Thursday, May 21, 2015

Whole 30 Day 10

Thought I'd update you on how things are going, Whole 30-wise.

The first few days were really rough.

"Really rough" doesn't begin to define how I felt those first days. I couldn't get enough sleep--nine hours at night and a nap during the day, and by 8 pm, I was ready for bed. I'm naturally a sleep-loving gal, but this lid-drooping, full-body malaise surprised me. I couldn't think at all--I kept telling myself that it was good I hadn't gotten this wild hair while I was still in school, or I wouldn't have been able to finish my final paper. It was that bad. I was short and impatient with my family--little things that I normally wouldn't notice sent me over the edge of insanity. I remember one dinner sitting at the table and holding my head in my hands, convincing myself that they were acting normally and I was the one out of sorts. And the headaches--withdrawal headaches from caffeine, withdrawal headaches from too much processed food, plus the detox of no simple carbs. I found my body begging for a soda or sugar or carbs.

With a game plan and a few friends' support (thanks, Janette and Carson--you talked me off the ledge more than once!), I fought on. It took about four days, and one morning I woke up to a golden morning with a changed attitude and a happier body.

By far, the hardest part of this experiment is the time it takes to eat--the planning, the shopping, the label reading . . .  and the COOKING! It's such a time sucker. For a few years, I've kind of wanted to learn how to cook well, and I invested in good knives and pots and pans this past year (and took my old ones up to the cabin--it was a handy excuse), so I had the tools I needed but never took the plunge.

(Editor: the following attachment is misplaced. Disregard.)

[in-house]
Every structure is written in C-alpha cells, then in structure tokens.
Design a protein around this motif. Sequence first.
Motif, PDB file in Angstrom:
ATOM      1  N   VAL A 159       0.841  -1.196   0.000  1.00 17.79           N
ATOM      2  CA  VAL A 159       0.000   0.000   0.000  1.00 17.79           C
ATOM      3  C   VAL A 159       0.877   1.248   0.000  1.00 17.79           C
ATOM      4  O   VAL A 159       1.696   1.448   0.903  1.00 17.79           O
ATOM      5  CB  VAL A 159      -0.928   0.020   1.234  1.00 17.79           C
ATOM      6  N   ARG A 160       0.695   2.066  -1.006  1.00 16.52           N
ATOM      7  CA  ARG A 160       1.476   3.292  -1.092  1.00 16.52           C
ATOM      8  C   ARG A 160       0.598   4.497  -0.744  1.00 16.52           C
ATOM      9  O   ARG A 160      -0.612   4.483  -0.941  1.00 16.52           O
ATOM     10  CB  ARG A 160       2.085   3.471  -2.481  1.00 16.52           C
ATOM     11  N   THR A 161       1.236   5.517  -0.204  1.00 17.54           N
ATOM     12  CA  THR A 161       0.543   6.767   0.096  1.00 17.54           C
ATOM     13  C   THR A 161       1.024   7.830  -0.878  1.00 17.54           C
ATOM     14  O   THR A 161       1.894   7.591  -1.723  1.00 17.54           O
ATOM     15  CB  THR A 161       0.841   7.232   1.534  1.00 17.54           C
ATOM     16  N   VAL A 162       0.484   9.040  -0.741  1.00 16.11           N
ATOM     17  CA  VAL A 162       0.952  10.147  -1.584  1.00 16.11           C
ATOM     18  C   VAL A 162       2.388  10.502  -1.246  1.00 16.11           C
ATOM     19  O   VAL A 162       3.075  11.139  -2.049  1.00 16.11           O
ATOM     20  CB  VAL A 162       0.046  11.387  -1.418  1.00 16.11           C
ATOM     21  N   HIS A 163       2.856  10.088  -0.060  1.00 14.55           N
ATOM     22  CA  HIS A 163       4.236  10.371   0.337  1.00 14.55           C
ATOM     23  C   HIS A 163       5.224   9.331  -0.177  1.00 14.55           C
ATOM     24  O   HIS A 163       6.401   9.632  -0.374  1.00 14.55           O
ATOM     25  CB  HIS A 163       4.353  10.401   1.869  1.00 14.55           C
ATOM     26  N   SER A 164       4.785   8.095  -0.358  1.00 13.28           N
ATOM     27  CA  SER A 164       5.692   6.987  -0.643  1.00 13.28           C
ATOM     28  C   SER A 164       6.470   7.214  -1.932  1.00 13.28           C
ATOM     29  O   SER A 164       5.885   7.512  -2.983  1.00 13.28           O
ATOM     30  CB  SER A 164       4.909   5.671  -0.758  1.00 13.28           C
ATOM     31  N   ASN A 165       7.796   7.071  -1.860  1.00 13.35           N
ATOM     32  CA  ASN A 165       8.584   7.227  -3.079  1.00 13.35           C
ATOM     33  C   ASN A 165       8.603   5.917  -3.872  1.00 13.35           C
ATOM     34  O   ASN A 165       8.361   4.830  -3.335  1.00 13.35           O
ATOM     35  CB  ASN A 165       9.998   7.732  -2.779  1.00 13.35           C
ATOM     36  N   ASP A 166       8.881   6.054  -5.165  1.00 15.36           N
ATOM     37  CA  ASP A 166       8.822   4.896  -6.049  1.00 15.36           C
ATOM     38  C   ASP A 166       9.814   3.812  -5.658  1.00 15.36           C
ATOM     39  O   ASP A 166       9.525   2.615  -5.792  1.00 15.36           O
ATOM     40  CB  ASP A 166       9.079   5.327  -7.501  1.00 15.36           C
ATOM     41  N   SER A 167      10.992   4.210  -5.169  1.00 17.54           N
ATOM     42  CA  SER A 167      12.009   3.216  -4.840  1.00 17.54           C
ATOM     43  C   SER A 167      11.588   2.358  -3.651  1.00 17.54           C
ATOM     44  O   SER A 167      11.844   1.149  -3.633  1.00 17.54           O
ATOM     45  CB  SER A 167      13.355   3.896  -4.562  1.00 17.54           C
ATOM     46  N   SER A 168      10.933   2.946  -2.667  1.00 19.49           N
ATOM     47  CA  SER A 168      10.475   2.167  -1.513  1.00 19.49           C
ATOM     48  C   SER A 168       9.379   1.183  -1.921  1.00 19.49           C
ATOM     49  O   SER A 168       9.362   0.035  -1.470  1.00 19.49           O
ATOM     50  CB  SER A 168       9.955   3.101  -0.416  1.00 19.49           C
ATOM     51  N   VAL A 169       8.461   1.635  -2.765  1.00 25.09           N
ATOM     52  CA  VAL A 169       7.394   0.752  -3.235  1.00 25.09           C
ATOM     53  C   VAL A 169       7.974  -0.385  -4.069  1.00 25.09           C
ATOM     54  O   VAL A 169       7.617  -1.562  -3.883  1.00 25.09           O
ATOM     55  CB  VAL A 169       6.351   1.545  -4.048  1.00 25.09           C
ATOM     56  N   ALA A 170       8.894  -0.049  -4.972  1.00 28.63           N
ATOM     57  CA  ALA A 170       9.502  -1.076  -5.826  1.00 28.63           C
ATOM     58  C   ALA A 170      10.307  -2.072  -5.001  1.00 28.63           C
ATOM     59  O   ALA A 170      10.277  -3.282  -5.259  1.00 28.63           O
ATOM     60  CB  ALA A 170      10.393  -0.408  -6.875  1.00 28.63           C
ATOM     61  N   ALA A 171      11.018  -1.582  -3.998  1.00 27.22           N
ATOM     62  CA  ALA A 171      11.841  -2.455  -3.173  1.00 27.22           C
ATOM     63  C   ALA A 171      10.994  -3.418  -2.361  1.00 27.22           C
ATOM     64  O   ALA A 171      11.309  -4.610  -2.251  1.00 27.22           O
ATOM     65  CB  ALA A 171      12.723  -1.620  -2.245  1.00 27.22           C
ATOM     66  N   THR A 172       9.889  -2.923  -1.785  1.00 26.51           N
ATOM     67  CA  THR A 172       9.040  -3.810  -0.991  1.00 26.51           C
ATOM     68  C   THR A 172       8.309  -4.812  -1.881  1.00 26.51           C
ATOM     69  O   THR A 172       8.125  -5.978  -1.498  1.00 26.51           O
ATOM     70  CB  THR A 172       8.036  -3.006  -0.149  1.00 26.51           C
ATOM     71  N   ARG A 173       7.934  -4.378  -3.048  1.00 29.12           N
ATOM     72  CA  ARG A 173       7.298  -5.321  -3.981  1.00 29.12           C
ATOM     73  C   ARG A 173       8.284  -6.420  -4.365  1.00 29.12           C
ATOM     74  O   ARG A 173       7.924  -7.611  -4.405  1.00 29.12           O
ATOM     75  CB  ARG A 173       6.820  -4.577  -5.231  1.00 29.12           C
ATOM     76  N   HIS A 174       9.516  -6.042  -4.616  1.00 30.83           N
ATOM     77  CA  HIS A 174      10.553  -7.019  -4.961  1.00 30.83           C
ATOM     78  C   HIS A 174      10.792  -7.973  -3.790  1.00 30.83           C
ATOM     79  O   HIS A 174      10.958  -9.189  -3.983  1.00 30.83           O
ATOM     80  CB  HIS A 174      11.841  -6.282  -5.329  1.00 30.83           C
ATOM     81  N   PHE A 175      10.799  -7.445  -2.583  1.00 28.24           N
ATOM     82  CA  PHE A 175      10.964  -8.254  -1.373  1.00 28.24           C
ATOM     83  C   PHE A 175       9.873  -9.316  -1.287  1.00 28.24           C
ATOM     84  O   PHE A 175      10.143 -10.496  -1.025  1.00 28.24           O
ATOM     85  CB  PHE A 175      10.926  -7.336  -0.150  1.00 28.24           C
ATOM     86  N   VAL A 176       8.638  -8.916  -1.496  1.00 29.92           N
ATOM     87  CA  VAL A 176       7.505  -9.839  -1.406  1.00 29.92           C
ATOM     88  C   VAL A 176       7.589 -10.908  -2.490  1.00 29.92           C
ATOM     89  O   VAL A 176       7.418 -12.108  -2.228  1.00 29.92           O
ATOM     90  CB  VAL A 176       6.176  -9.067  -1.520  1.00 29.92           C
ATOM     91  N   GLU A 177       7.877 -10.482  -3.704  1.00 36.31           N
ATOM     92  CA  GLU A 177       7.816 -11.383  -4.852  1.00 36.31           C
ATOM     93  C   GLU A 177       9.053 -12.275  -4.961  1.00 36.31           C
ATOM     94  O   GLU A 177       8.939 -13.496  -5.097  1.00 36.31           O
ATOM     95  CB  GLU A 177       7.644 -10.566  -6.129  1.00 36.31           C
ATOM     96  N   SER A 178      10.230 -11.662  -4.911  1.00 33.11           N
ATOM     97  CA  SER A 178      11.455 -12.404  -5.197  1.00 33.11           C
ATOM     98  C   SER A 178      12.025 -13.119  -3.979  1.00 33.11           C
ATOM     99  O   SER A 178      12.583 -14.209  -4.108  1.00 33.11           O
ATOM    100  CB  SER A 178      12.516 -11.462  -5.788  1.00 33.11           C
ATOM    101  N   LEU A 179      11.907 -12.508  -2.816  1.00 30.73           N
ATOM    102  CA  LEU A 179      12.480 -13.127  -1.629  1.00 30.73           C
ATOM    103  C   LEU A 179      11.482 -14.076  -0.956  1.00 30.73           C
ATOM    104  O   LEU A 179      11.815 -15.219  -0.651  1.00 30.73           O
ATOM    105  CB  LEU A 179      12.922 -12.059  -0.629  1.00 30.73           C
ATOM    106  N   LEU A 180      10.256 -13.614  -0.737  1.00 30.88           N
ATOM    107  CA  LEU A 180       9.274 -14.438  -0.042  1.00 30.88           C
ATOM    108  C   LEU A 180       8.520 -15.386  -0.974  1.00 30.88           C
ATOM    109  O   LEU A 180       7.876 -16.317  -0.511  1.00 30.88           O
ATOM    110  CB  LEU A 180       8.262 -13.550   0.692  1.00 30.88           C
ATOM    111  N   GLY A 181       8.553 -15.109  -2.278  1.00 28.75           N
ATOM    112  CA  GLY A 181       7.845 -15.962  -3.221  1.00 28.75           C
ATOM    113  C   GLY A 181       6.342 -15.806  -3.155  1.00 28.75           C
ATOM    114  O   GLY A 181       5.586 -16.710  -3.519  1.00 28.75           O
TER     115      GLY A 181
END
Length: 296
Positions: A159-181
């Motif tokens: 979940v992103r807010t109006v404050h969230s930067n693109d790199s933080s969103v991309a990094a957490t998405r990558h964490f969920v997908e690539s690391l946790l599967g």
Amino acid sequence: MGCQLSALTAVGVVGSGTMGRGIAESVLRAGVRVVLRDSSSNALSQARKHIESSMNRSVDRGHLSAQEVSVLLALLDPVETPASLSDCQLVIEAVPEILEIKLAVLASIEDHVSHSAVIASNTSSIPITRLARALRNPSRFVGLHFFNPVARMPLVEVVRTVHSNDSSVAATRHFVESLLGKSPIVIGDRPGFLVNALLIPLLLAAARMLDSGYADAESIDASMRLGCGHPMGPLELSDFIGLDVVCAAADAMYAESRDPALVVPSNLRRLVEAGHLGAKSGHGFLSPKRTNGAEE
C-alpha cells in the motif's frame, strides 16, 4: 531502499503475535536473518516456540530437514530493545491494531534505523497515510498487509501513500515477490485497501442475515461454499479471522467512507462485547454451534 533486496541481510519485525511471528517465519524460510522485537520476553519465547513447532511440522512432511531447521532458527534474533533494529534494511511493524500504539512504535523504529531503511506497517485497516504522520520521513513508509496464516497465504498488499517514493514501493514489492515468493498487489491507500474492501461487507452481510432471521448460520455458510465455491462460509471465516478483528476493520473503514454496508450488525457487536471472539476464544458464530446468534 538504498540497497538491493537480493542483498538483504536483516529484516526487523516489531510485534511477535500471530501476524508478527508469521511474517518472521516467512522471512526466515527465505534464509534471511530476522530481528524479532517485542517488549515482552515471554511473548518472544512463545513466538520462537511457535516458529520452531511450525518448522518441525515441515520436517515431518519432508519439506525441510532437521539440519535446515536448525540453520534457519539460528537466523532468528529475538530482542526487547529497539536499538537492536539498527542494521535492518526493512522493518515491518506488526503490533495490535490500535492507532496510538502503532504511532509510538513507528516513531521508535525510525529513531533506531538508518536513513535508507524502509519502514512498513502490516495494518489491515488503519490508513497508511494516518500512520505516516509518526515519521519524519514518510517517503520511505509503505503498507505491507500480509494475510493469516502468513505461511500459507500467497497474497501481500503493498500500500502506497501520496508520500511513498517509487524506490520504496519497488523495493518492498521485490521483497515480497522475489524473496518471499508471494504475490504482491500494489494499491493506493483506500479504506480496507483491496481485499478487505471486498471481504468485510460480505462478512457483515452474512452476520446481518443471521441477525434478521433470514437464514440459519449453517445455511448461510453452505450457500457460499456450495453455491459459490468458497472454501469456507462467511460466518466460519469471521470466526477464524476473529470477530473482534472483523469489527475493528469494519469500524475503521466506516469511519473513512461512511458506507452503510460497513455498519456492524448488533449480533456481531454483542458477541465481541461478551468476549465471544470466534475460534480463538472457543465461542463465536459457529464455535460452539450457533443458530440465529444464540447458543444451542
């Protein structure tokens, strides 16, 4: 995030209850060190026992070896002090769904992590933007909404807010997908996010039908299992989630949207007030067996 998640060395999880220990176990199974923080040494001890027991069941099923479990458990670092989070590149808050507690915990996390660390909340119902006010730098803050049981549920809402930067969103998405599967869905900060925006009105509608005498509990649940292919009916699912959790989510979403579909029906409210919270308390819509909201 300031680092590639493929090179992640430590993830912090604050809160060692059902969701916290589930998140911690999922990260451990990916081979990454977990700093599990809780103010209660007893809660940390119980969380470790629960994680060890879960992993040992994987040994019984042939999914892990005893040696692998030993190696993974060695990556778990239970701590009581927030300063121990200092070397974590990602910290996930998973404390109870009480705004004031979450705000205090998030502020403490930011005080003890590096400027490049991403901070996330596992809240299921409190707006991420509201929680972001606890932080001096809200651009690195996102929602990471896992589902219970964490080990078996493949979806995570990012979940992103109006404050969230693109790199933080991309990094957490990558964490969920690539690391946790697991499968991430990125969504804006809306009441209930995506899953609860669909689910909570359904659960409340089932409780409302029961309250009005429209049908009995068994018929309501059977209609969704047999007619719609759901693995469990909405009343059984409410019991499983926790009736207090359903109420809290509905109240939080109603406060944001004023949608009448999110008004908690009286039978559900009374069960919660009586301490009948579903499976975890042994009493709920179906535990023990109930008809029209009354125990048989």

I have a confession. I hate cooking. I hate it. Here's an excerpt from a text conversation I had this week:
"I've never been a foodie and I don't care about how food tastes or presents or any of that stuff. I eat fast and move on to the next thing. It's a total mindset change and the prospect of [being] in my prison/kitchen is most unappealing. I can't be nice when I'm in there. It's going to take a while before I think it's "fun," if ever. There are so many more interesting things to do and think about and fill my time with that have nothing to do with food. How's that for a crappy attitude?"

Although my attitude toward cooking hasn't changed much these past 10 days, I can see one of my excuses for not cooking disappearing. I used to say that my family doesn't really care what I cook and doesn't even notice. The last few meals, however, the kids have taken an interest in what is being prepared. They ask what I'm making, and every meal has been met with positive reactions, especially from Brad and Micah. So they do care, and if they care, I need to care a little bit more.

Another positive in the kitchen is that I've learned a few good techniques. Honestly, I never really knew the best way to cook a pork chop or sear a roast. I had only minced garlic once or twice in my life (I grew up using powdered garlic), but I've burned through two bulbs already. For the first time, I used (and broke) the food processor attachment for my blender (suggestions for a good food processor would be greatly appreciated). I made my own mayo (twice), ketchup, pesto, Thai, and chimichurri sauces. I made a roasted red pepper dip, and even made my own applesauce.